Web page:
It was easy to find a used car. The West Germans bought new cars because they could sell their used cars to the East Germans and make a profit. A car that didn’t change hands at least three times within a year was considered extremely uncool.
Non-Germans integrated themselves into the city quickly. The Vietnamese enthusiastically sold duty-free cigarettes under the bridges and opened the first Chinese restaurants. "Duck sweet and sour" and "green jasmine tea with plum brandy" were the big sellers.
For the East Germans, this was an introduction into the world of global gastronomy. In the past they were only allowed to eat duck at Christmas, but suddenly they had Christmas every day — and for the ridiculously cheap price of 9.90 Deutsche Marks! Malicious tongues, however, gossiped that many of these cheap ducks were actually just city pigeons.
The Africans from Angola and Mozambique opened dance bars where you could go to dance and drink. The Russians corrupted the housing companies; they bribed the officials and were able to buy huge apartments at ridiculous prices.
The department stores were filled daily with Western goods, the salesgirls could no longer remember the names of all the cheeses and jams, they simply said "Ham wa nischt" [we don't have that, in Berliner dialect] when people asked for things they didn't know.
The financing of the anarchic life was also well-secured. You had to go to the social welfare office once a month and without a long discussion you got 500 marks cash on the hand and sometimes a little extra for warm clothes and movie tickets.
The Russians, Africans and Vietnamese queued in front of the numerous telephone booths. Calling home was free, all you needed was a telephone fishing rod: The coin was attached to a fishing line with adhesive tape, and you had to pull it up carefully every time the phone "clicked" in order to get your free call.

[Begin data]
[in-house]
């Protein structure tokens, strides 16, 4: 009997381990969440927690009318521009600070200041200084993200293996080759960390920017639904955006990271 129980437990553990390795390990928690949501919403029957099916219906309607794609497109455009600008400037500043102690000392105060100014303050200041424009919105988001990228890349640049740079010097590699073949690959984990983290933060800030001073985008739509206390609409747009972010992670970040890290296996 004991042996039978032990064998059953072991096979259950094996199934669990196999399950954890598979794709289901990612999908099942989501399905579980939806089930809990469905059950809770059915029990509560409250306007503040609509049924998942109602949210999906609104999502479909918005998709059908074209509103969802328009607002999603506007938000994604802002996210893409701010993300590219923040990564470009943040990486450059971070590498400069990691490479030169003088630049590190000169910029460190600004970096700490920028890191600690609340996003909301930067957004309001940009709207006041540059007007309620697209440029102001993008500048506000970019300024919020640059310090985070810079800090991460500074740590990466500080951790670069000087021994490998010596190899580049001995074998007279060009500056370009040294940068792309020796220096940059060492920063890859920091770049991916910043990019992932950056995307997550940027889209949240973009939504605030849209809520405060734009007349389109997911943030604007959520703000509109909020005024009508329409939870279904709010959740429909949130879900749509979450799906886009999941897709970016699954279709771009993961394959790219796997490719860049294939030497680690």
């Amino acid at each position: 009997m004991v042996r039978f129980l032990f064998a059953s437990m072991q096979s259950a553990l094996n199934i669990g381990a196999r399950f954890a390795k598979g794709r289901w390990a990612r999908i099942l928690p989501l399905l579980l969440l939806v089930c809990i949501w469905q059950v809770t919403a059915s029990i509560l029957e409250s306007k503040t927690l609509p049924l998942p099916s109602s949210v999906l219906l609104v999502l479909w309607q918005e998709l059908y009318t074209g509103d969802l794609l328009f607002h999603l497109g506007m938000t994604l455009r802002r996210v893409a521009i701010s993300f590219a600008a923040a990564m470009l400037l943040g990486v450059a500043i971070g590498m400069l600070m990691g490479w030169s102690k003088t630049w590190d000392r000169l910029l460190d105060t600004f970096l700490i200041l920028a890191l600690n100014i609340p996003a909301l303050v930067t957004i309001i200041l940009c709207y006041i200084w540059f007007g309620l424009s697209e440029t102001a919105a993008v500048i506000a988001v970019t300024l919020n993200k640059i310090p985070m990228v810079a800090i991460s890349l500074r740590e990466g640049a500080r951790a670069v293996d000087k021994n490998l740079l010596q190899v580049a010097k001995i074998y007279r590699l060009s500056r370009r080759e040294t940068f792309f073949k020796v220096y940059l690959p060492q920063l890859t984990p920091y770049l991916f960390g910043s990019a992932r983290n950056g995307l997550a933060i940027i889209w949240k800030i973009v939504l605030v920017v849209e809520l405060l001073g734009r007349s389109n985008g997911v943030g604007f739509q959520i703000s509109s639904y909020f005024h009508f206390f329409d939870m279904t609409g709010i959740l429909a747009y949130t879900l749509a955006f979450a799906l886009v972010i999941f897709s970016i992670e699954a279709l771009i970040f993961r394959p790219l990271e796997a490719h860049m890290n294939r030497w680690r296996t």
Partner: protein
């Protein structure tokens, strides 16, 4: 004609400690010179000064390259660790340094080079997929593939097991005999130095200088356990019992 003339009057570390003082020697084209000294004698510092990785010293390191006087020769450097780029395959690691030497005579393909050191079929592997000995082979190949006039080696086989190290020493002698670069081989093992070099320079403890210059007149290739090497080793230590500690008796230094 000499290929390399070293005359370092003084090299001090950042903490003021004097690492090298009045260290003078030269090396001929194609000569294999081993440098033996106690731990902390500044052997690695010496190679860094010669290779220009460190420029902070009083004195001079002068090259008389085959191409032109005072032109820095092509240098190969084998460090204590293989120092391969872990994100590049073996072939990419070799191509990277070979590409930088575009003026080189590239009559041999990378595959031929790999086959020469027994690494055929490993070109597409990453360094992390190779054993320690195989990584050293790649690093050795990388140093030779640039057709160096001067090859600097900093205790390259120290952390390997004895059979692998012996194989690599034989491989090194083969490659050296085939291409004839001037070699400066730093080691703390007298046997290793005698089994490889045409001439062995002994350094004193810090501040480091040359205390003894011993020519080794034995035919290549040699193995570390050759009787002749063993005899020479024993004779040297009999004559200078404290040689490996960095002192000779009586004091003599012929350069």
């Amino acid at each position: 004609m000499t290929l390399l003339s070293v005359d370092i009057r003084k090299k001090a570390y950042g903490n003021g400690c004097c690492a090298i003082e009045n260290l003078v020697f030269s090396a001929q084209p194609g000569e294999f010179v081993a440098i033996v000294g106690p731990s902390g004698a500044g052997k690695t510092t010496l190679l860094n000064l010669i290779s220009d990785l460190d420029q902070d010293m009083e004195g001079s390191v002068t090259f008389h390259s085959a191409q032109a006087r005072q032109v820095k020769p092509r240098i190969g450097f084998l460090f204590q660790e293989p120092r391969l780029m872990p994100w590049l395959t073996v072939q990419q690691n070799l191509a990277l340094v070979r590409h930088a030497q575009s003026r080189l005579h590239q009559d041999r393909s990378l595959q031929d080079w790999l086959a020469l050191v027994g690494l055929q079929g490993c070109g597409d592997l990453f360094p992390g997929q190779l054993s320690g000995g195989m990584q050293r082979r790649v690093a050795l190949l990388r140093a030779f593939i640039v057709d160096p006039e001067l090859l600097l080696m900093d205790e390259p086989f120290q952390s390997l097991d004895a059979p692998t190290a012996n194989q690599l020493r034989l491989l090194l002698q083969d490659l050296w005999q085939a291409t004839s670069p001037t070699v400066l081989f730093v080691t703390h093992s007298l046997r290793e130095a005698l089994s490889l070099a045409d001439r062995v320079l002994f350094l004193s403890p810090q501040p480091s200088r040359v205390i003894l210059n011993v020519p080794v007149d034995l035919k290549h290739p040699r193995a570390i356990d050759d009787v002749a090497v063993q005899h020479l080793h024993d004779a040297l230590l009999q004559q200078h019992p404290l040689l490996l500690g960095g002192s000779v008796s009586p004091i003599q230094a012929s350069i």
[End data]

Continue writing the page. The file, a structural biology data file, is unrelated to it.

The people on the phone had a lot to talk about, so the people waiting in line became impatient; they constantly called each other names. "Stop talking, go back to Angola," and "Give my regards to your uncle Ho." "Well, did Gorbi hang up?" they would ask us Russians.
The Germans watched this circus and rubbed their eyes in disbelief. Their cozy little world with its clearly marked entrance and exit dissolved like a phantom.
It took quite a long time for the reunited Germany to pull itself together again and begin to restore order. Eventually, all the people who lived in the houses without proper papers were given proper rental contracts; the rent prices shot up immediately; the cigarettes were taken away from the Vietnamese and cleared through customs; the telephone booths were dismantled; and the origin of the ducks in the Chinese restaurants were checked.
The 'Liebig 34,' one of the Berlin houses that had been squatted in the early 1990s, was evacuated in October 2020
The social welfare offices were transformed into job centers. You had to collect 30 signatures once every month from potential employers who demonstrably rejected you. This regulation destroyed many livelihoods and people had to develop new life plans. Many actually went to study or even work.
Some have remained stubborn and are still trying to push for the unconditional basic income.
Germany has found its way back to its famous order. Only recently, one the last houses that had been squatted in the 1990s was emptied. Only the memory of the times of anarchy remains.